“Taking down this statue is one small step closer to the goal of helping Charlottesville, Virginia, and America, grapple with the sin of being willing to destroy black people for economic gain,” Mayor Nikuyah Walker said in a speech prior to the Lee statue’s removal from its pedestal (via The Associated Press).
Saturday’s removal of both the Lee monument and a statue dedicated to Confederate general Thomas “Stonewall” Jackson were the end result of a 2016 petition by then-high schooler Zyahna Bryant that called for both statues to be taken down. While the city council voted to remove the statues by early 2017, legal challenges halted the initial plan.
The threat of the statues’ removal served as a catalyst for the Unite the Right rally in August 2017, where white nationalists clashed with counter protesters, leading to the death of Heather Heyer when a white supremacist drove his vehicle into a crowd of demonstrators.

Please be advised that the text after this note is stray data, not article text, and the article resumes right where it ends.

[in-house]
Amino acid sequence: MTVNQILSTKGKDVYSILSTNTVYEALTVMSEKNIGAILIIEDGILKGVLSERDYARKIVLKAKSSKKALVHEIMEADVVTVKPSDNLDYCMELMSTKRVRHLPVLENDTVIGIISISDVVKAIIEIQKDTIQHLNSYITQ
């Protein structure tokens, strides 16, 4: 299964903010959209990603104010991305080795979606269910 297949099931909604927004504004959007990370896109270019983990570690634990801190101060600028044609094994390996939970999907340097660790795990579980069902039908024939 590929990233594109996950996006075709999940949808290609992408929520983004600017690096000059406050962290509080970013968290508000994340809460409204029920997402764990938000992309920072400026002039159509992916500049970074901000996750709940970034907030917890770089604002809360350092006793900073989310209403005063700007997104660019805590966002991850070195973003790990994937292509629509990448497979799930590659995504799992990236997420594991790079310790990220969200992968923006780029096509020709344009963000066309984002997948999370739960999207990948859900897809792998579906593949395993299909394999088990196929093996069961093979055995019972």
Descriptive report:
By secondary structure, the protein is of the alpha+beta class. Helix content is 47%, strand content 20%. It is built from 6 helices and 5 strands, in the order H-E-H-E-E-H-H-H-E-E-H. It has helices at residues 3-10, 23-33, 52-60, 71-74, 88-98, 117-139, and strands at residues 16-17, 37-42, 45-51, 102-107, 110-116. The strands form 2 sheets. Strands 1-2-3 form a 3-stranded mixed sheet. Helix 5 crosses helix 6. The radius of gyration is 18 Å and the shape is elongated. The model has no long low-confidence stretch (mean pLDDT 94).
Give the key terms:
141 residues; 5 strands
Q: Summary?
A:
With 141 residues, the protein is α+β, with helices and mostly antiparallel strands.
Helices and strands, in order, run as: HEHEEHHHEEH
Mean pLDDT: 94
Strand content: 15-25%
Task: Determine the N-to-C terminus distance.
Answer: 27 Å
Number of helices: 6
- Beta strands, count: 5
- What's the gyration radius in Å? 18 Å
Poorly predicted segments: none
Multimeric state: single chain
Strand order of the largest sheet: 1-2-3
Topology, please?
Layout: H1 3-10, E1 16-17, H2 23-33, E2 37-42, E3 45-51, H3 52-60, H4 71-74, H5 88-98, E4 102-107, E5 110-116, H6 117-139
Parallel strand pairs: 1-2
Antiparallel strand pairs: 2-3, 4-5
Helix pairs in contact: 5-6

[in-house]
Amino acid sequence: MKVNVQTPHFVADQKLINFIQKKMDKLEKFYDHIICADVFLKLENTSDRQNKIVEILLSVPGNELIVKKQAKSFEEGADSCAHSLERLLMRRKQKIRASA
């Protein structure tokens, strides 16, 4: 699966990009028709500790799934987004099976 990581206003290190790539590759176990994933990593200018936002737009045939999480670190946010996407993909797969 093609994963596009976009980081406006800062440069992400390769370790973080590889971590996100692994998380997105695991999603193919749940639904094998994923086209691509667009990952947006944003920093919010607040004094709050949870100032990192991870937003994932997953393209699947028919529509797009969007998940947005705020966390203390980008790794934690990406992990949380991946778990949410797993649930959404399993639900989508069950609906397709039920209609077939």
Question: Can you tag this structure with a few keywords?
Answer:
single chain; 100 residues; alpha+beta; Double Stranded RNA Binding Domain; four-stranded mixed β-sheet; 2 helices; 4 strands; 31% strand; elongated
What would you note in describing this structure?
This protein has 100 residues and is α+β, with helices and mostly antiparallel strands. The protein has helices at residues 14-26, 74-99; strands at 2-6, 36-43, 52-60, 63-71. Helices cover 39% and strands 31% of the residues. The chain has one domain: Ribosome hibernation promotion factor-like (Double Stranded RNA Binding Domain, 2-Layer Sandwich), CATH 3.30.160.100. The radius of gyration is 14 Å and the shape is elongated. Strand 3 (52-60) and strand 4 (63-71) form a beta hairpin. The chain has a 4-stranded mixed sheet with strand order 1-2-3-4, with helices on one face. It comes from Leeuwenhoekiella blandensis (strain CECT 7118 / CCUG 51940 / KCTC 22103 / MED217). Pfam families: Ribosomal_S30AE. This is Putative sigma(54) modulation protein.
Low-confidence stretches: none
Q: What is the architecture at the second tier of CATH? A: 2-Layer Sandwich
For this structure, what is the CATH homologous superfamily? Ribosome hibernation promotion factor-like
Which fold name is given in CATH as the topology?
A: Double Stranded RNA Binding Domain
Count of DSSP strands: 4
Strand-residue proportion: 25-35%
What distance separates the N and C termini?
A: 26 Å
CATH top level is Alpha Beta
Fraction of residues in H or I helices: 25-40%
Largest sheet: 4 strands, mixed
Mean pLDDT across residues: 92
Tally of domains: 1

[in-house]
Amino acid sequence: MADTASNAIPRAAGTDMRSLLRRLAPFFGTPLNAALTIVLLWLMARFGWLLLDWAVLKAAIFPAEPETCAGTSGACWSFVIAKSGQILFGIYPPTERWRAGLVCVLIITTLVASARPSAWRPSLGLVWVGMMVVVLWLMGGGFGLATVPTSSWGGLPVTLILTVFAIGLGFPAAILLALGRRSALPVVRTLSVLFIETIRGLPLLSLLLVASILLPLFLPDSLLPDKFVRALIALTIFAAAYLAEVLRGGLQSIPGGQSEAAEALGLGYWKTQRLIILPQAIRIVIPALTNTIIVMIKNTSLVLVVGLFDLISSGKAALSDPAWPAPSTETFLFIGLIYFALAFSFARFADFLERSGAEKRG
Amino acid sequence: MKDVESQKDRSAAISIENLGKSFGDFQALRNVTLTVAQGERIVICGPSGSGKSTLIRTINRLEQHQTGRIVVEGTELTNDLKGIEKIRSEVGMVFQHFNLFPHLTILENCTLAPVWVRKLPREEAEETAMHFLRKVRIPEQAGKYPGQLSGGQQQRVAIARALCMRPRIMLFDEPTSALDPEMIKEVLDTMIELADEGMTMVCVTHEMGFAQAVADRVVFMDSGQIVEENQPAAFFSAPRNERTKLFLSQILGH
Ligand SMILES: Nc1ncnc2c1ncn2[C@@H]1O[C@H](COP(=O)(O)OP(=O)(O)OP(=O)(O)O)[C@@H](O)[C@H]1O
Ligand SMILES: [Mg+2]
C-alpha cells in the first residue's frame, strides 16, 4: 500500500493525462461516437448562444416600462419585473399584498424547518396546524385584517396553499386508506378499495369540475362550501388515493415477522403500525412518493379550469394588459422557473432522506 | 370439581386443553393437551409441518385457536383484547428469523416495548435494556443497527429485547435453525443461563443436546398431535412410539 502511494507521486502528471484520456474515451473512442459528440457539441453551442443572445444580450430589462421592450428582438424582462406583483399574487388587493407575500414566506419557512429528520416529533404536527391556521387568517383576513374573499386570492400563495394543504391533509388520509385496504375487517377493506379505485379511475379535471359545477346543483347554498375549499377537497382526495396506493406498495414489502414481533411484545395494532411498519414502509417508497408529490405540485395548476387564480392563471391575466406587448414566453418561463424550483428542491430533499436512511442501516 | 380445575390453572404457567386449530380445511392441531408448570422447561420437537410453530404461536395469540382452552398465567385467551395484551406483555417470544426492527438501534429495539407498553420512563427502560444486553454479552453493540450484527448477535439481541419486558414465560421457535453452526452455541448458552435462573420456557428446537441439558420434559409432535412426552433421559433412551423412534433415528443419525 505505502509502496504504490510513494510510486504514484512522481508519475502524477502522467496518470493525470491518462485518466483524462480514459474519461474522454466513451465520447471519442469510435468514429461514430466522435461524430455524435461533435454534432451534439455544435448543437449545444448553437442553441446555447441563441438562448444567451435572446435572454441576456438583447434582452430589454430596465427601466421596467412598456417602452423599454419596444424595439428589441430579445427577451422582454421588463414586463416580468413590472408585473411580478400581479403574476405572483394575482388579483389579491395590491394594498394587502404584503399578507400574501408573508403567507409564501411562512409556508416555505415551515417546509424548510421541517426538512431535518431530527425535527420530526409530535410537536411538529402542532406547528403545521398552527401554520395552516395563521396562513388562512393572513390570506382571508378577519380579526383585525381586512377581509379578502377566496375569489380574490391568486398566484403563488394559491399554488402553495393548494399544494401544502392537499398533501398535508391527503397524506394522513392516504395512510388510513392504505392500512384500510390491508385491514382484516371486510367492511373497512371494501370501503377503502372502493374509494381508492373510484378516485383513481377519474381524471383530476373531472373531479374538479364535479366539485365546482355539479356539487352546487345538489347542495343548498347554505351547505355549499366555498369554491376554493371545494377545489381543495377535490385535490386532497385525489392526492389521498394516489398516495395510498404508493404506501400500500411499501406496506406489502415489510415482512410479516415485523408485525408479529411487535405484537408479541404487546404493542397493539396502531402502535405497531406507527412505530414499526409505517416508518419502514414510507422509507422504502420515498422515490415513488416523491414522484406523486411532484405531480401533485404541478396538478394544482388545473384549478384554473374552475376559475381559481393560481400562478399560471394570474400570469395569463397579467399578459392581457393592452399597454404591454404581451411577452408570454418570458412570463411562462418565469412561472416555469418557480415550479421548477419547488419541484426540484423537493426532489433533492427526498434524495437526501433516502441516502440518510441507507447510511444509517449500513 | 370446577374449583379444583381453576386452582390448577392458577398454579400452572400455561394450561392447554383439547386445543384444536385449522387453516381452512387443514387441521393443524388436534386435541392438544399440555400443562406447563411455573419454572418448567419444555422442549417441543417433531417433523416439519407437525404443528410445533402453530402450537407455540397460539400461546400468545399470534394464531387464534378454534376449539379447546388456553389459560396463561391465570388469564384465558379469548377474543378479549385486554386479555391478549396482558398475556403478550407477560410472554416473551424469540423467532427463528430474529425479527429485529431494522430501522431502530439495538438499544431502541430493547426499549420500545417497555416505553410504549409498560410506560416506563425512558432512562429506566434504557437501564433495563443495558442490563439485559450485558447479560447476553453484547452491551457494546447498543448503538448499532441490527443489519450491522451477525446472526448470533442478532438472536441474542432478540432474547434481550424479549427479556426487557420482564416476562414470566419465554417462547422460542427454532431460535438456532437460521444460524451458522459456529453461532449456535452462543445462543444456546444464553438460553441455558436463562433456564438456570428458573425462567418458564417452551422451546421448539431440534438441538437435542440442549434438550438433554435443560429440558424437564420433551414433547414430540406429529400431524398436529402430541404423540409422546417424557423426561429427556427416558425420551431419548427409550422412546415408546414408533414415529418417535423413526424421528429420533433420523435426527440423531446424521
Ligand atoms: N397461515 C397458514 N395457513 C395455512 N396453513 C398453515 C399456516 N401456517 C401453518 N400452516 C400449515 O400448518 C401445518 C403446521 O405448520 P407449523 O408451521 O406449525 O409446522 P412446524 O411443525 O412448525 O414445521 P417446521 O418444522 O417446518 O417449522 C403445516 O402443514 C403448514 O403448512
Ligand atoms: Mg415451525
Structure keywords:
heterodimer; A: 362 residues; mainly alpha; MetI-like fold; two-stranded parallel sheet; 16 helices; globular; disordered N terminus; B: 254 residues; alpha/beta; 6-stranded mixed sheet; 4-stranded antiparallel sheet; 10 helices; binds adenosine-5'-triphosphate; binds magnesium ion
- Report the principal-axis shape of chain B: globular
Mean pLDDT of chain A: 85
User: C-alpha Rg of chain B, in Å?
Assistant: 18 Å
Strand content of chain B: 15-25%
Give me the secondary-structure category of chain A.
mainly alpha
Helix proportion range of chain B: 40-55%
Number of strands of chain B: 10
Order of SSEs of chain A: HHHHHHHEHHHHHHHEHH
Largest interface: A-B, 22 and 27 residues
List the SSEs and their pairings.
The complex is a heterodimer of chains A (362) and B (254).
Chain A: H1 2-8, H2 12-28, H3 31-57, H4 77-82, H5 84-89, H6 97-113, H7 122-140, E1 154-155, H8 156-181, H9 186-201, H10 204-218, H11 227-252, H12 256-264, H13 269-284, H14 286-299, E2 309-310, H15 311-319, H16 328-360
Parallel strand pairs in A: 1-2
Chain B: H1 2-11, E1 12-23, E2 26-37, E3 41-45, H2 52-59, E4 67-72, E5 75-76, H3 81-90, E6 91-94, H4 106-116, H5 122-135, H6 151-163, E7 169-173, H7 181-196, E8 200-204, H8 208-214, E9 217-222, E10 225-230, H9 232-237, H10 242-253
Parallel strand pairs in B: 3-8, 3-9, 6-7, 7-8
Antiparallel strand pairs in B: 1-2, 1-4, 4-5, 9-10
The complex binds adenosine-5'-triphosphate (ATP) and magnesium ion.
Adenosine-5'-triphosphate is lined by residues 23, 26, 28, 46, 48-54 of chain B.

Earlier this year, the Virginia Supreme Court dismissed the remaining legal challenges that argued that the Confederate statues were protected by state law, ultimately resulting in their removal Saturday.
And there it goes: Charlottesville VA's Robert E. Lee statue has been removed. pic.twitter.com/qI4xhnIqJ3
— The Recount (@therecount) July 10, 2021
“It feels good. It’s been a long time coming,” Zyahna Bryant, now a student at the University of Virginia, told the New York Times. “The statues coming down is the tip of the iceberg. There are larger systems that need to be dismantled. Educational equity is a good place to start.”
The city of Charlottesville will remain in possession of both the Lee and Jackson monuments, for now: Under state law, the city is required to solicit parties interested in taking the statues. According to the Associated Press, 10 parties offered to take ownership of the statues.